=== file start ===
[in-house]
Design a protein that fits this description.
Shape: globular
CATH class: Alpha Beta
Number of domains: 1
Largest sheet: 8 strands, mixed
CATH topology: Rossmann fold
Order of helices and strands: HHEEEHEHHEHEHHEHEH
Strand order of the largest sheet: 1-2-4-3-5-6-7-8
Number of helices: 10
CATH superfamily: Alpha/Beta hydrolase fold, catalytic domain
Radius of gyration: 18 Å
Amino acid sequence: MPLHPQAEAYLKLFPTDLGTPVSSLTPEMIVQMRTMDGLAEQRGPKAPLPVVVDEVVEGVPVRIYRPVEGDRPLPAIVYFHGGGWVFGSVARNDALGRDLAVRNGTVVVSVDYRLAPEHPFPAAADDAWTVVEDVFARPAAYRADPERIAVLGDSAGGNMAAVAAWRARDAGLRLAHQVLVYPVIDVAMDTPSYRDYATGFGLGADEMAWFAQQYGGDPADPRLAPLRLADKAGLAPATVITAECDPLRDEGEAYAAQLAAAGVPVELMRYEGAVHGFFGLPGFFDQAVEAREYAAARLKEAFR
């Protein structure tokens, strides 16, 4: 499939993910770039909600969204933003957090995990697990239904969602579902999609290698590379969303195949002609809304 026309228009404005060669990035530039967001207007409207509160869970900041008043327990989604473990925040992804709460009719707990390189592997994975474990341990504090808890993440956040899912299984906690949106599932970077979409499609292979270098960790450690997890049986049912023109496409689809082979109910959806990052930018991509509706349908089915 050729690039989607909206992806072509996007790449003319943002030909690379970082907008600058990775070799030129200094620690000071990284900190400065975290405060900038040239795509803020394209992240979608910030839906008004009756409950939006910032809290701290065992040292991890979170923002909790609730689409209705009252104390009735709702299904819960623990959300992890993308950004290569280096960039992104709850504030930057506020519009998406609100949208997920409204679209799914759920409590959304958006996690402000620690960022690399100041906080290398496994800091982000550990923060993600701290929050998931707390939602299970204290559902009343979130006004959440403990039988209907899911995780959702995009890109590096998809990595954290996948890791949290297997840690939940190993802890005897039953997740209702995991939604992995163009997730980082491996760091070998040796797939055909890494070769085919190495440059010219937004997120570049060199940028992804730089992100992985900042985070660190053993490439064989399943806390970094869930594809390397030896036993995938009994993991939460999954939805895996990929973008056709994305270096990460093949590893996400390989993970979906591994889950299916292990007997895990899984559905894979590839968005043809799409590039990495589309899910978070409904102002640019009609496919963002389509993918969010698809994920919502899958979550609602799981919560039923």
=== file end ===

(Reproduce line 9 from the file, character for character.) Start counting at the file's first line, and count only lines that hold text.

Strand order of the largest sheet: 1-2-4-3-5-6-7-8